Effectively you are not covered by the provisions of the Regulations and there is no requirement for informing you of the quality of the waters during that time or in that place. The initial identification of recognised bathing waters was conducted by local authorities prior to March 2011. If bathing waters weren’t included at that stage then new waters would have had to be officially introduced by the authorities. This must be based on use of the water for swimming by a “large number” of people. The definition of large is “a number that the local authority considers to be large…”. In addition, any bathing waters which were found to be insufficient for 5 consecutive years may be subject to a permanent bathing ban.

Given that the Covid 19 restrictions have greatly reduced the options for swimmers it is likely that in addition to swimming outside the June to mid-September season, people are also swimming closer to home, and possibly outside of officially designated bathing waters.

What can be done to ensure swimming is healthy as well as safe?

  • You can raise the question of extending the season and increasing the official swimming areas with local politicians and T.D.s.
  • Stick to locations where others are swimming. If they’re not getting ill then there’s a good chance you won’t either. This is far from a cast-iron defence against sickness, however. You might all get sick together!
  • Stick to areas that are at least classified as bathing waters during the season and where testing is conducted. This is generally started in March although results may not be published at this stage.
  • Contact your local authority to find out what the status of your usual swimming spot is. If it’s not a designated spot and there are others swimming there, consider canvassing the authority to include it in their bathing waters for future testing.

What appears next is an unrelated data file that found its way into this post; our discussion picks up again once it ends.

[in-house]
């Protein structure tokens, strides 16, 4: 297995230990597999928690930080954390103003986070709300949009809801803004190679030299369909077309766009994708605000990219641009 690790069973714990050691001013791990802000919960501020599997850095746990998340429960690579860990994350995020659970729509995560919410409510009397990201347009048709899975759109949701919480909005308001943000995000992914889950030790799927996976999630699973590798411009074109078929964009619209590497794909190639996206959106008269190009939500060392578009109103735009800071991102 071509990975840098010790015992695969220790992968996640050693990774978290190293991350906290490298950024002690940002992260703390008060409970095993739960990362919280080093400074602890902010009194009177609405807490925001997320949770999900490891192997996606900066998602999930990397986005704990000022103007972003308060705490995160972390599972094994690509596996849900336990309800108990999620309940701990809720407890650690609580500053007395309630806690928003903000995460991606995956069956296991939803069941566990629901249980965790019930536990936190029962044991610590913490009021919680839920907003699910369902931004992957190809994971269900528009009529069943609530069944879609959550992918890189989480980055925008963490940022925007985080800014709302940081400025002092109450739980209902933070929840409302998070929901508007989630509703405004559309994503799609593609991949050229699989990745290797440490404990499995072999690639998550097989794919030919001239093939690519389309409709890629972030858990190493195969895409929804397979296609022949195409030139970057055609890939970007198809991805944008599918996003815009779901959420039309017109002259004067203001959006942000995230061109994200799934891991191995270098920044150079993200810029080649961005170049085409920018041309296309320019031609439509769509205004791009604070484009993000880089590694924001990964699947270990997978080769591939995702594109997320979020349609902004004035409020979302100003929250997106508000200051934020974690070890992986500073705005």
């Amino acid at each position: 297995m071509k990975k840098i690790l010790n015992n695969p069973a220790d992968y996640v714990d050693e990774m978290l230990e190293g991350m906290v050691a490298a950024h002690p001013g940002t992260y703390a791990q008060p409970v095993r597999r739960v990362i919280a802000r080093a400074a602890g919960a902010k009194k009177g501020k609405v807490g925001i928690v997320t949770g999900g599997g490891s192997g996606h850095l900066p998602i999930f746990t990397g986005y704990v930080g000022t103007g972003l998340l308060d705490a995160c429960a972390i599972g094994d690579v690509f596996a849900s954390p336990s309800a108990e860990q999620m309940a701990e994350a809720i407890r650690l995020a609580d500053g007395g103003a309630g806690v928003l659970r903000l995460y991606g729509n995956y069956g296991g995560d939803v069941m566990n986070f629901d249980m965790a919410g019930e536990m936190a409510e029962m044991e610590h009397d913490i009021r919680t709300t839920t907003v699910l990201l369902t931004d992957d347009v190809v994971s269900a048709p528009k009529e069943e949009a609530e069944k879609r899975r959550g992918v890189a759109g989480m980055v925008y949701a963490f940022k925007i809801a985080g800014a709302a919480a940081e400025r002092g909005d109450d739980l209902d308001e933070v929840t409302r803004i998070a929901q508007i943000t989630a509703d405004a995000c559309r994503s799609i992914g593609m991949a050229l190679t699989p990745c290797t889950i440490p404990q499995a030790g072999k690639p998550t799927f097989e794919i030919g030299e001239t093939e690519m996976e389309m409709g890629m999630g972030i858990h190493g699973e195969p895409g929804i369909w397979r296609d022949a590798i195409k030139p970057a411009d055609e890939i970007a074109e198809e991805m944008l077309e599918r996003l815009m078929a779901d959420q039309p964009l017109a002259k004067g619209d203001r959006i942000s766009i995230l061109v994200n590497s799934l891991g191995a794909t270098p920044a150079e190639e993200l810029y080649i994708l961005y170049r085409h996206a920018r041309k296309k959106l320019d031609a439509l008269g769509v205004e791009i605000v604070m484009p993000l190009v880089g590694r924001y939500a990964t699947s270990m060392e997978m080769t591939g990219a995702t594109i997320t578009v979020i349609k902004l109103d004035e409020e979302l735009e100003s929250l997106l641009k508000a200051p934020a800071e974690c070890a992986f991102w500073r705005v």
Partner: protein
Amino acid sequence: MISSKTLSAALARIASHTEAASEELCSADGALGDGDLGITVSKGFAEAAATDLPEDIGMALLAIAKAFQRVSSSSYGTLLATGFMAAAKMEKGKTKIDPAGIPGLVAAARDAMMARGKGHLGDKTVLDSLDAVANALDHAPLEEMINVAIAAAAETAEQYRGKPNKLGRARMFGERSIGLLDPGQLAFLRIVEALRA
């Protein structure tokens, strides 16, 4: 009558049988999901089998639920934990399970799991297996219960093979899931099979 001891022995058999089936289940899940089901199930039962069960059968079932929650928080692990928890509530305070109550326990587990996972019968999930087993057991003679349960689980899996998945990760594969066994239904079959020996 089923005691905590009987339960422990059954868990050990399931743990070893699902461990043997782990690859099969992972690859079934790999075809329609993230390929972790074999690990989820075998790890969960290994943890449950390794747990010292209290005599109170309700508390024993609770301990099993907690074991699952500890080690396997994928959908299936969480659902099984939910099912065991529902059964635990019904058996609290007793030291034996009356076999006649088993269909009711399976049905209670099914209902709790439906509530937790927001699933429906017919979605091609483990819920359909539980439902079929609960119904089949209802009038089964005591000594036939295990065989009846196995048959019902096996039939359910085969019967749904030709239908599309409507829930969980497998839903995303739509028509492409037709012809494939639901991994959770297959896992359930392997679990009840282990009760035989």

• Consider forming a group to conduct sampling and have the samples analysed by an approved laboratory. If the water quality is sufficient and there are a number of people swimming there, it also supports the case for the area to be designated as bathing water.
  • Consider sampling at least once during the winter season, especially if there has been any unusual event that could impact water quality. Storms and heavy rain, for example, can carry biological and chemical pollutants into rivers and lakes. Avoid swimming if the results fail to meet the parameters summarised in the table above.
  • If you still have doubts about the quality of the water you’re swimming in, the best advice is probably not to do it. If you’re hooked however and insist on going ahead, ensure to shower as soon as possible after finishing your swim. A “traditional” remedy is also to drink a can or two of Coke (other brands are also available) after swimming, but I can’t stand over this as an effective measure.

Stay well!




S.I. No. 79/2008 – Bathing Water Quality Regulations 2008

S.I. No. 163/2016 – Bathing Water Quality (Amendment) Regulations 2016.

EPA Reports: (See )

2020       Bathing Water Quality in Ireland 2019: A report on water quality at Ireland’s 147 identified bathing waters.

2020       Bathing Water Quality Infographic 2019: Bathing Water Quality Infographic 2019

2020       Bathing Water Quality Map 2019: This map shows the water quality status of each identified bathing water for the 2019 bathing season.